I am encouraged by the economic drive of such a small community. There is much room for growth. It is persevering, despite continuous neglect and inaction from Government that treats residents and road users of Route 434 as second-class citizens. It is unacceptable in 2013 to be driving over a gravel road with no calcium chloride program. Government has invested $6M a few years ago to re-build and re-align this road. Each year there is no pavement, this investment is being eroded to the bedrock and will cost more to complete. We need better, multi-year planning to protect our investments. Conche road should have been paved years ago.
Please contact Hon. Paul Davis, Minister of Transportation & Works at firstname.lastname@example.org asking him to take the necessary action to pave Route 434.
It’s Time!Christopher Mitchelmore, MHA The Straits-White Bay North
There are many reasons to Live Rural NL – the image above is certainly one of those. This winter scene from Croque, NL instantly brought warm feelings and a smile to my face, despite the cold day of January 24, 2012.
The proportion of snow on the rooftops of the fishing rooms is the perfect contrast to the slowly fading red paint. It is evident the burgeoning fishery is in decline. Although, the community like Grandois, faces a decreasing population – it offers endless opportunities for tranquility and is a photographers dream.
Croque is 20 km via gravel road from neighbouring Main Brook. This community has a French cemetery, waterfront properties, walking trails and many natural wonders.
Experience the Great Northern Peninsula –Christopher Mitchelmore, MHA The Straits-White Bay North
On January 4th, 2012 – My friends and I spent some time in St. Anthony – where you will find the only traffic light on the Great Northern Peninsula. However, St. Anthony`s claim to fame is much bigger than a traffic light – it was the home of Dr. Wilfred Thomason Grenfell.
I am currently reading, A Biography of Dr. Wilfred Grenfell – a Doctor, Missionary and Politician who radically changed the way of living for the people of Northern Newfoundland & Labrador as an International Association was founded to help enhance the social, medical and economic climate of the region.
Grenfell House (pictured in the background above) is one of the Historic Properties which thousands of visitors walk through beginning in May and into the Fall to gain insight on what it was like to live a day in the life of the good Doctor. I have been there many times; however, this was my first visit to Teahouse Hill. I remember my grandmother talking about her walking up to see the simple markers of Dr. Grenfell and the site of where his ashes were buried. Yet, never had I taken the time to experience for myself what it meant to trek teahouse hill – a common play area for the children of St. Anthony.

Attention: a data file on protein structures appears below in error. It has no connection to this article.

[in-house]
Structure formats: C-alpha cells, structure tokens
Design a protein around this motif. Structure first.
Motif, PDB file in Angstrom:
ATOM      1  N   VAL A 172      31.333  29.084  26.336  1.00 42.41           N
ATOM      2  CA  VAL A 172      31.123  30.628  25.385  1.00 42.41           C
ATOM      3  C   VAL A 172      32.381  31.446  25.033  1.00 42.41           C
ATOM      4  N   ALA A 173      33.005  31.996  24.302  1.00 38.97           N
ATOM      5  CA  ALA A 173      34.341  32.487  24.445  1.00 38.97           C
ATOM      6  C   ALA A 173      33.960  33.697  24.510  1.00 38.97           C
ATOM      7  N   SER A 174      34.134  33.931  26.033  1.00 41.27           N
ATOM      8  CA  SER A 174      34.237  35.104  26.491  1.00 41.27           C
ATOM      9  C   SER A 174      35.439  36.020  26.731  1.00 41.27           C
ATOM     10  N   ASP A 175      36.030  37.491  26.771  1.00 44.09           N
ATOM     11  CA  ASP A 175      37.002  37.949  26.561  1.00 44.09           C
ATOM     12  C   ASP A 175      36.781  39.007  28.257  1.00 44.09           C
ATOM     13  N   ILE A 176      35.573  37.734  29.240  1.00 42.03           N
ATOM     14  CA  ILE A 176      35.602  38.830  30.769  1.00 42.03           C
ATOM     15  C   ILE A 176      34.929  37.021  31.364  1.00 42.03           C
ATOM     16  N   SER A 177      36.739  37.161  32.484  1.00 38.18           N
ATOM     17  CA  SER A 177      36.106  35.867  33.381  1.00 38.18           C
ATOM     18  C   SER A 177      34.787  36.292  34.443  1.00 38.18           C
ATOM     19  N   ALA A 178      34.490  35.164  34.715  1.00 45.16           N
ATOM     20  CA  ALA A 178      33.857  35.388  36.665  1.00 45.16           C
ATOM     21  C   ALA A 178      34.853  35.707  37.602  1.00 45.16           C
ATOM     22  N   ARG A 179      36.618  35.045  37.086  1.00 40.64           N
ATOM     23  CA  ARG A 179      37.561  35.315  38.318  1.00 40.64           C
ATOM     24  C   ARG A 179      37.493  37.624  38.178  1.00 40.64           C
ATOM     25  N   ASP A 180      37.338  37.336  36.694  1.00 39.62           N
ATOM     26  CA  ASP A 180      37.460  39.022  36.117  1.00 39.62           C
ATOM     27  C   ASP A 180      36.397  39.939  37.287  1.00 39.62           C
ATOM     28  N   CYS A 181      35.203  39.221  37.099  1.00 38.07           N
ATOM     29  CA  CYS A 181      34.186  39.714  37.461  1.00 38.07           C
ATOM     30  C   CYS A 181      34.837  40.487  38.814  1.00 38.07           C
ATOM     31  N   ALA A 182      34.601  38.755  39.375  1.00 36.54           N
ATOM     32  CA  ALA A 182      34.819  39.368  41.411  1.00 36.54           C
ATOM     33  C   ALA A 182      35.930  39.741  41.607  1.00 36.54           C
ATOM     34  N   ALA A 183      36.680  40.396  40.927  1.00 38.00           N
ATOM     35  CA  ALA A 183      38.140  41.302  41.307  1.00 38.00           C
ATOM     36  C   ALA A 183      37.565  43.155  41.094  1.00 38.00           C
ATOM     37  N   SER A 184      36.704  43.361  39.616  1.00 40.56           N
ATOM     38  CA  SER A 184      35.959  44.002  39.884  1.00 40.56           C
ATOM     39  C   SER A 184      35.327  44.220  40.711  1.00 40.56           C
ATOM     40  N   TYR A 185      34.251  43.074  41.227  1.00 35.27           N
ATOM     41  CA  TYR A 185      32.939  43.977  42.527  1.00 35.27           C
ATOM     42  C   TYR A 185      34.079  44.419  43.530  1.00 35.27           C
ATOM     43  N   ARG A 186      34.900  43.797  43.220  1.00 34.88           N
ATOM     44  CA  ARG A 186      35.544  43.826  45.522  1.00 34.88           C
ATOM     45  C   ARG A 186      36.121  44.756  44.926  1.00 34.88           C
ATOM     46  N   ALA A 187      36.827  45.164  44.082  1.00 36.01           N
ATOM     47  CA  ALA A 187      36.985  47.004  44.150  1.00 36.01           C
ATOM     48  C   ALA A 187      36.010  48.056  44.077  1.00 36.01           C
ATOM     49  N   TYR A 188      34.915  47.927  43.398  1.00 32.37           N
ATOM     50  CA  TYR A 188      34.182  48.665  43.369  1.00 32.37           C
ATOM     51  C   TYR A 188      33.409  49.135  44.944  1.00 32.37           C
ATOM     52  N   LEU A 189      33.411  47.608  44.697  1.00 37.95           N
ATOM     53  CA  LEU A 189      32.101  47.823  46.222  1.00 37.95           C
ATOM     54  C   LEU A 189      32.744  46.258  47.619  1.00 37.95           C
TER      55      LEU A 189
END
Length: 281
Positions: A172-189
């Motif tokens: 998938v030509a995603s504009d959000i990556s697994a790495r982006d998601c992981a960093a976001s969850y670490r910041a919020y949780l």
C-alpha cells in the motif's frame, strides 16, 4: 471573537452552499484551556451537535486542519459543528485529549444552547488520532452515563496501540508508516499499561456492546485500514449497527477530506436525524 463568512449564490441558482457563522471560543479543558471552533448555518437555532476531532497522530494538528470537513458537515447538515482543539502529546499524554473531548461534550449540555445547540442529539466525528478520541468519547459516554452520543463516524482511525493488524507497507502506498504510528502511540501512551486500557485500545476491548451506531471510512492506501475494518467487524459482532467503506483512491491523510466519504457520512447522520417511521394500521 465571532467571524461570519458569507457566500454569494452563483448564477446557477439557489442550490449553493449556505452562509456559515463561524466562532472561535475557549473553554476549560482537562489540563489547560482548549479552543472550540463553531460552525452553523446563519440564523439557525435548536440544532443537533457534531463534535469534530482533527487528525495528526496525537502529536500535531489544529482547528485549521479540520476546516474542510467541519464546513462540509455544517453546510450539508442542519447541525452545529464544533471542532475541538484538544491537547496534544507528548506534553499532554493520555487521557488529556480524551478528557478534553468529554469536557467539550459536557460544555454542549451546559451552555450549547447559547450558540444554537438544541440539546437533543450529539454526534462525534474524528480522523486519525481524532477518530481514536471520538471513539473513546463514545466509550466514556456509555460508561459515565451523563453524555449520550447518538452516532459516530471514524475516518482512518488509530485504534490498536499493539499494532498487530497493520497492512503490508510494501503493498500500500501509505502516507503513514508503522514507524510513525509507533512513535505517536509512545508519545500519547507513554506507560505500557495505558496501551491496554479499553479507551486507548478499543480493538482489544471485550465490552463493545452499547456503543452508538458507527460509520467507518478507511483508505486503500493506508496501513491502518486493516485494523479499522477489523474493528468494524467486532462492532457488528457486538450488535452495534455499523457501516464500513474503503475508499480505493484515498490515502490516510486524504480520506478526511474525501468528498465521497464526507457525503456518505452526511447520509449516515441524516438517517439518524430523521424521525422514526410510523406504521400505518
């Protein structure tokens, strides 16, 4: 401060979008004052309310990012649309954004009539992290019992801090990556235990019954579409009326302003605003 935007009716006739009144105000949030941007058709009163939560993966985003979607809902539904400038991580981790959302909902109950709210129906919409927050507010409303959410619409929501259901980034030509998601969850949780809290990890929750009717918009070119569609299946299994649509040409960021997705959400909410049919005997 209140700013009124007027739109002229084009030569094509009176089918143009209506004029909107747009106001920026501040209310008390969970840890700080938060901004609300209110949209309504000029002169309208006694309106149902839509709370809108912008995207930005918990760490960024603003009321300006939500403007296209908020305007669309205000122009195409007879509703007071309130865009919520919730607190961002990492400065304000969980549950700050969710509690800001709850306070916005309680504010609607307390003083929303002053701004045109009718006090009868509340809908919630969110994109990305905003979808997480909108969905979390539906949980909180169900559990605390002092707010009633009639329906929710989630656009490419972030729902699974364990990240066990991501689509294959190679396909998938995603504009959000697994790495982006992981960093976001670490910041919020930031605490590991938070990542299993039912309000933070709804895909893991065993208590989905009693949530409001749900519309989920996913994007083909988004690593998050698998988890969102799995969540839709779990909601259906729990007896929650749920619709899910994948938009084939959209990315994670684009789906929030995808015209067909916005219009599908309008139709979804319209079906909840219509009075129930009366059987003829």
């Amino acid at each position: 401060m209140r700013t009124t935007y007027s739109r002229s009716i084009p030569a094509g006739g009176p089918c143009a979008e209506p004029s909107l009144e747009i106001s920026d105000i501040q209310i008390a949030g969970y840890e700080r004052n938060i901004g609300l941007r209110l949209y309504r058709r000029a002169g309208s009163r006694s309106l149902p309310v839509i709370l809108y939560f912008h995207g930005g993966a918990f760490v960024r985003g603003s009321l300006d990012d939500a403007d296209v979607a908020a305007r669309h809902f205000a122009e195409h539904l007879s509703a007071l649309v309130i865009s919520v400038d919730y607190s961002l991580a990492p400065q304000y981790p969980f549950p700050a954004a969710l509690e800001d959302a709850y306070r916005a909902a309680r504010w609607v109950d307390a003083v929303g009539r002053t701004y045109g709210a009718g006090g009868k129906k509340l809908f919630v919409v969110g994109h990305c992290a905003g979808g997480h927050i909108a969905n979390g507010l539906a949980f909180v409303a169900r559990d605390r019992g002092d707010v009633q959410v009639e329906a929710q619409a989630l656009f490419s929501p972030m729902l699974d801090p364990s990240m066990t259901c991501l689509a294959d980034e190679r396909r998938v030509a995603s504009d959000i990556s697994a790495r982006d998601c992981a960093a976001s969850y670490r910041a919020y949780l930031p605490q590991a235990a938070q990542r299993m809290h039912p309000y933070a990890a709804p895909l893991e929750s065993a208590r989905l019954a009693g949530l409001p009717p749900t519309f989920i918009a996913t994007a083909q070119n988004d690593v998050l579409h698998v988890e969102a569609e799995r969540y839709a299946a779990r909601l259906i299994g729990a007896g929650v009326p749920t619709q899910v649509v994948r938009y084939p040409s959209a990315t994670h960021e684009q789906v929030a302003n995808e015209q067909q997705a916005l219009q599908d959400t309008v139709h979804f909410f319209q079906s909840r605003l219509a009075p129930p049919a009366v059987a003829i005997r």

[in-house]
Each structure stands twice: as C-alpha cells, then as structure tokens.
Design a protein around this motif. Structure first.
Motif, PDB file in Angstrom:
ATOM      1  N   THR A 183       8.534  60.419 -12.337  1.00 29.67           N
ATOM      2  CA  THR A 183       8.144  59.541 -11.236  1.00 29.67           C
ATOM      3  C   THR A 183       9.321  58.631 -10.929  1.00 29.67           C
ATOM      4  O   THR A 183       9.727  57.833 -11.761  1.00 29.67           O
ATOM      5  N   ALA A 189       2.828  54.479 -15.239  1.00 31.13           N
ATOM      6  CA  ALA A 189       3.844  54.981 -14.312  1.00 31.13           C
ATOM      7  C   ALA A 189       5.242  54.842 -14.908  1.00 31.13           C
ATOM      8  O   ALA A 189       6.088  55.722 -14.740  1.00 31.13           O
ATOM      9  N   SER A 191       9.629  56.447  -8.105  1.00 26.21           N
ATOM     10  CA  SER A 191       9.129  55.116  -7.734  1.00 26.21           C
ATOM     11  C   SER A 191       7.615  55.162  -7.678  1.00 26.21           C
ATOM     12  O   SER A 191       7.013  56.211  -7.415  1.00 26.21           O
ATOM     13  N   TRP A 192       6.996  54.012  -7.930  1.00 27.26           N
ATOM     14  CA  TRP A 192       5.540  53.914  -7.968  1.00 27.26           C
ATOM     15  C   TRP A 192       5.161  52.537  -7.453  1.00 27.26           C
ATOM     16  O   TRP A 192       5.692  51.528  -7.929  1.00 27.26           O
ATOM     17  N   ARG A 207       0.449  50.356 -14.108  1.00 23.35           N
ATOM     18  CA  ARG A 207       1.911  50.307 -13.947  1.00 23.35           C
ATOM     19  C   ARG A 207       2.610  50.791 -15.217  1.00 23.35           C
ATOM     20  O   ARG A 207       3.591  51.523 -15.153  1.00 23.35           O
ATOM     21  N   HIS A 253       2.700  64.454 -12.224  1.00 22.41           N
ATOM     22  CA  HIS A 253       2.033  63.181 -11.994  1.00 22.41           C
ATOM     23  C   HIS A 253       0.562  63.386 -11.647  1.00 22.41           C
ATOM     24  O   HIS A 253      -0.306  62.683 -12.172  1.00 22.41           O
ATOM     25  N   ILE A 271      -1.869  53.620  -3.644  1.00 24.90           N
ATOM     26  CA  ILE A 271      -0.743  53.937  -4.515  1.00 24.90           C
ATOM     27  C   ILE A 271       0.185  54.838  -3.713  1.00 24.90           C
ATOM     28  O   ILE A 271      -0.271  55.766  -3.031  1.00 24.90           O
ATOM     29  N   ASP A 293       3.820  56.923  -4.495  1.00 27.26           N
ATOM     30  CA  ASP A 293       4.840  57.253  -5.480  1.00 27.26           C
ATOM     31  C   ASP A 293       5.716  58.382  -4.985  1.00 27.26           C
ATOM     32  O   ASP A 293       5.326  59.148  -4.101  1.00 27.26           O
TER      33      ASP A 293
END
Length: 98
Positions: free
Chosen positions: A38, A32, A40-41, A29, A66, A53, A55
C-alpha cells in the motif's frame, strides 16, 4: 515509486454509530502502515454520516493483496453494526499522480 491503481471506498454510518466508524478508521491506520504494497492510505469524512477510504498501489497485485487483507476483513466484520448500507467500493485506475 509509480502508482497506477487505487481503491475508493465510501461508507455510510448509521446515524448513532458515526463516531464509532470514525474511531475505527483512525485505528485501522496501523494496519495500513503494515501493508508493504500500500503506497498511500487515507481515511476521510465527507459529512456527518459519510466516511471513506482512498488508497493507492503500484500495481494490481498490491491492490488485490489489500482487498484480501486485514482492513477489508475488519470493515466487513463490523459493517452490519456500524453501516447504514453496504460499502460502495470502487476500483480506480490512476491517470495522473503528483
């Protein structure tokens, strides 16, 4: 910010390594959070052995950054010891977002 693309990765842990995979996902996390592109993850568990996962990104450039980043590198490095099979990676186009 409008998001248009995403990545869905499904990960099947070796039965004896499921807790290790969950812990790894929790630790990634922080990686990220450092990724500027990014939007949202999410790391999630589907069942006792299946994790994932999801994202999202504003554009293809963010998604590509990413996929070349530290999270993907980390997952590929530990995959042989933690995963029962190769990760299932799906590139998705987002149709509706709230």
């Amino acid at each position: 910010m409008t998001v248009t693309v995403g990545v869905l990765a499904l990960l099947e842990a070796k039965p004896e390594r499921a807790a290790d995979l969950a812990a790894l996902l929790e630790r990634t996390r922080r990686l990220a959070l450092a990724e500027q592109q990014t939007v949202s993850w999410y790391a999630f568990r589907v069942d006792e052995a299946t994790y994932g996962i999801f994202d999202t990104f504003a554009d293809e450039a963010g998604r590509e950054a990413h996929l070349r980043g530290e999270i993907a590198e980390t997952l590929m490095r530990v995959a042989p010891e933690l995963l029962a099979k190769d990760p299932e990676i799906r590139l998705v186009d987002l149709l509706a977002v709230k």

Teahouse Hill overlooks the town of St. Anthony. According to the Grenfell site, the walking trail is approximately 20 minutes and has been developed to National standards. Although, it seemed much longer on this chilly day of January. We were not really sure where we were going and really hoped not to get lost as the signs or interpretative panels were taken down for the season.
Oh no! – a fallen tree….
Headlines to read…`Mitchelmore uses brute strength to restore the tree to the vertical position`
Unfortunately, Mitchelmore is no Chuck Norris and the leaning tree remains.
The trail is a wonderful winter walk. I can only imagine the joys of walking or jogging along the trails in Spring or midsummer after a day in the office. A great offering for residents and visitors alike.
At the top of the hill there are three strategically placed lookouts that permit you to see the Town, the harbour and gain views of the ocean. The freedom of seeing the open water is quite powerful.
There is beauty in this space. It seems like the wonderful place to re-build a seasonal teahouse – offering incredible views and a place for people to escape and enjoy the beauty of nature that surrounds them, as well as a site for geocaching.
I recommend taking a trek to teahouse hill. This may have been my first visit, I sure hope it is not my last.
Live Rural NL –Christopher C. Mitchelmore, MHA The Straits-White Bay North